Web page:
On an emotional level, anxiety can make the sufferer feel scared, out-of-control and tired. It is also common to experience severe anxiety through physical feelings, such as sweating, trembling, or inability to sleep.
It can feel as if the anxiety is taking over; fortunately, there are some simple steps you can take to manage stress. Read on and Click here to read the entire article to find out some simple ways to cope with anxiety.
Get Some Down Time
The simple act of doing nothing is a stress reliever. Try reading the paper or watching some TV or playing some online games, these simple things can help take your mind off your troubles.
However, if you need a little more rigorous relief from anxiety exercise is the answer.
Exercise is an essential part of physical and mental health. Exercise can ease feelings of anxiety and boost your sense of well-being by giving you a shoot of natural endorphins.
Try to take three to five 30-minute workout sessions a week. Make each session different, mix it up with cardio exercises like running along with some pilates or yoga, which involves stretching and maybe some weight training to improve stamina and bone density.
Be sure to choose exercises classes you enjoy so you look forward to them, once completed you will notice how your mood can change from negative to positive very quickly.
The simple act of staying hydrated will help you fight off signs of anxiety. Dehydration depletes the body of the natural minerals we need to survive. The brain gets foggy, and you will lose focus.
In the worst-case scenario, you will suffer from headaches and tiredness that leads to irritability and irrational thoughts. It’s so easy to stay hydrated. Drink at least six large glasses of water a day.
Don’t forget there is water in the food we eat, so by eating fresh food and vegetables, you will add fibre to your diet, and this fibre will help to maintain hydration and enhance your body’s natural ability to retain water.
Both quality and quantity are vital for good sleep. Sleep doctors recommend an average of eight hours of sleep per night, and this breaks down to two hours of deep sleep and six of light sleep a night.
If anxiety is making it hard for you to fall asleep, create a routine to help you fall asleep and most importantly stay asleep.
Remember to turn off all screens at least forty-five minutes before you go to bed, as far as leaving the devices in another room. Keep your room’s temperature on the cool side around 60 to 67°F or 16 to 19 °C.
You may like to try a warm bath with some lavender oil or other sleep-inducing essential oils, and clean sheets are a great way to relax in bed.
Ease Up on Caffeine and Alcohol
Ease up on caffeine and alcohol, coffee and tea both have caffeine, and it takes the body four to five hours for the body to remove all traces of caffeine from your system. The same is true of alcohol, while you may fall asleep quickly after a few glasses of wine, but you will wake up in the middle of the night as you become dehydrated.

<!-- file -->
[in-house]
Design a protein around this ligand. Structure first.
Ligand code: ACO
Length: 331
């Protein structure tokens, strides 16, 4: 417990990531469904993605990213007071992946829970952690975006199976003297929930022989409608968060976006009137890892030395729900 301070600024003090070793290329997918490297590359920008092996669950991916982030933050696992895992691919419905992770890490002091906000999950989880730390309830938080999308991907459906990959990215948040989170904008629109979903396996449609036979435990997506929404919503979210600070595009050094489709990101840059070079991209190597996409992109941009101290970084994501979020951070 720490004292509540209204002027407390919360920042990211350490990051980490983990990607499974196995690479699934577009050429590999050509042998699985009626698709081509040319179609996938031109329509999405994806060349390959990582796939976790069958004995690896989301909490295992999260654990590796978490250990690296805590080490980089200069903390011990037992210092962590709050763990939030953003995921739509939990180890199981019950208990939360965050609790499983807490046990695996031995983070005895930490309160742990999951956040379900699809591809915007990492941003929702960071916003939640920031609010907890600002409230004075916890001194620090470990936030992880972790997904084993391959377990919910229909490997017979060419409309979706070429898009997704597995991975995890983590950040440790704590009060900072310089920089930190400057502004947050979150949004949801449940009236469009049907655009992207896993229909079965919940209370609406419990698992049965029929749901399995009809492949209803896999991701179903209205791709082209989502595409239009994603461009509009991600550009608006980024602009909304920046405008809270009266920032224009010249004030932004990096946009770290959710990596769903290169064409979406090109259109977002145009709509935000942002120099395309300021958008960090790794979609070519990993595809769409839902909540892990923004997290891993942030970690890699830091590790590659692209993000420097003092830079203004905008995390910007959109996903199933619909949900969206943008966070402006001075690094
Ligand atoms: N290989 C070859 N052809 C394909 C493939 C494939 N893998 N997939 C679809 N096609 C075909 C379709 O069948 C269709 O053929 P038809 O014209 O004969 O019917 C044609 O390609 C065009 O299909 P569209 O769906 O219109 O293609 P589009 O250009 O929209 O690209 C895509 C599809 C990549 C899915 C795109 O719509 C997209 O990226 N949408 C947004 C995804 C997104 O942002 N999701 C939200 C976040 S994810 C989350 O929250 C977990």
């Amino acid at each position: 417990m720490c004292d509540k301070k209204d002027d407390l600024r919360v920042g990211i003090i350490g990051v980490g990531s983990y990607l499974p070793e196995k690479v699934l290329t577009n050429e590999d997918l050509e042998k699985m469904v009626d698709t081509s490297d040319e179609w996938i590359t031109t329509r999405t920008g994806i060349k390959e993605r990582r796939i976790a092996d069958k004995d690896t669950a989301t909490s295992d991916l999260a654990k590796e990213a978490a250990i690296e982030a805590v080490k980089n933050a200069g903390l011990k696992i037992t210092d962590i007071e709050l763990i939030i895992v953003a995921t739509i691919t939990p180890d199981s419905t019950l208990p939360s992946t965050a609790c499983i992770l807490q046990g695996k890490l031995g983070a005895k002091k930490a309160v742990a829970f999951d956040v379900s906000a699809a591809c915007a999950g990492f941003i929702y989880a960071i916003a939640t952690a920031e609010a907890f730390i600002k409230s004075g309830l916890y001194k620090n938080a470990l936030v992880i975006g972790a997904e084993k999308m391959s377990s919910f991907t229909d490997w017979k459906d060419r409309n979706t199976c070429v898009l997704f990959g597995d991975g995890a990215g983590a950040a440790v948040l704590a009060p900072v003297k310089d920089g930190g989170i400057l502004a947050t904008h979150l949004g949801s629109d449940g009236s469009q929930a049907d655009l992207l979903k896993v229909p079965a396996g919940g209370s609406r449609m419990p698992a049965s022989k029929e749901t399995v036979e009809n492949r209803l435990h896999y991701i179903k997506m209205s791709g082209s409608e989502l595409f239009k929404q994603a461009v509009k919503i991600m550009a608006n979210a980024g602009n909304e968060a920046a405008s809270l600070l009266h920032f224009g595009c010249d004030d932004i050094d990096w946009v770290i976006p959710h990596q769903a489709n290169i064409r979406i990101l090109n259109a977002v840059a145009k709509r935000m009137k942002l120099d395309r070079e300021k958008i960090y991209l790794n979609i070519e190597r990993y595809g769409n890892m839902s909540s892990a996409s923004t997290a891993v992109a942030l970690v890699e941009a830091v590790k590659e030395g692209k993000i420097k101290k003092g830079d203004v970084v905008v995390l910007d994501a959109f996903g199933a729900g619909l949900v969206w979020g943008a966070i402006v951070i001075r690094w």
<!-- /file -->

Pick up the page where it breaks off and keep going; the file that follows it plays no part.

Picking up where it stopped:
Remember, alcohol is a depressant and will feed on any negative thoughts, so it’s best to stick to herbal tea or water close to bedtime.
Keep a worry Diary
It may sound odd to plan to worry, but doctors recommend that you pick a time to think about your fears on purpose and write them down in a worry diary.
Take 30 minutes or so to identify what’s bothering you and focus on what you can do about it. It’s always better to know the facts, even if the facts bring bad news. Once in full command of the facts, you can start making a plan.
The simple act of having a plan will make you feel in control and ready to tackle whatever difficulties come your way.
Take 15 minutes every day to meditate, this may sound complicated, but it’s just an exercise in deep breathing and focusing on your breath.
By breathing deeply, you’re sending a message to your brain that you’re okay and that helps your mind and body to relax, clearing a space for a positive mood change.
To get the most out of it, lie down on a comfortable surface and put one hand on your stomach and the other on your chest bone and take in a slow breath. Make sure you breathe-in right down to the pit of your stomach so that you can feel your belly rise.
Hold your breath for a second, then slowly let it out. Repeat five times and concentrate only on your breathing.
Reinforce Positive Messages
Finally, you can change the way you think about your life by reinforcing positive messages to your brain by speaking out loud.
By merely saying “I’ve got this” or “I can cope with whatever today has in store for me”, you’re sending complimentary messages to your physical brain. Do it a couple of times a day, and you’ll be surprised quickly your day improves.
As Charlie Chaplin once said “nothing is permanent in this world, not even our troubles”, ain’t that the truth?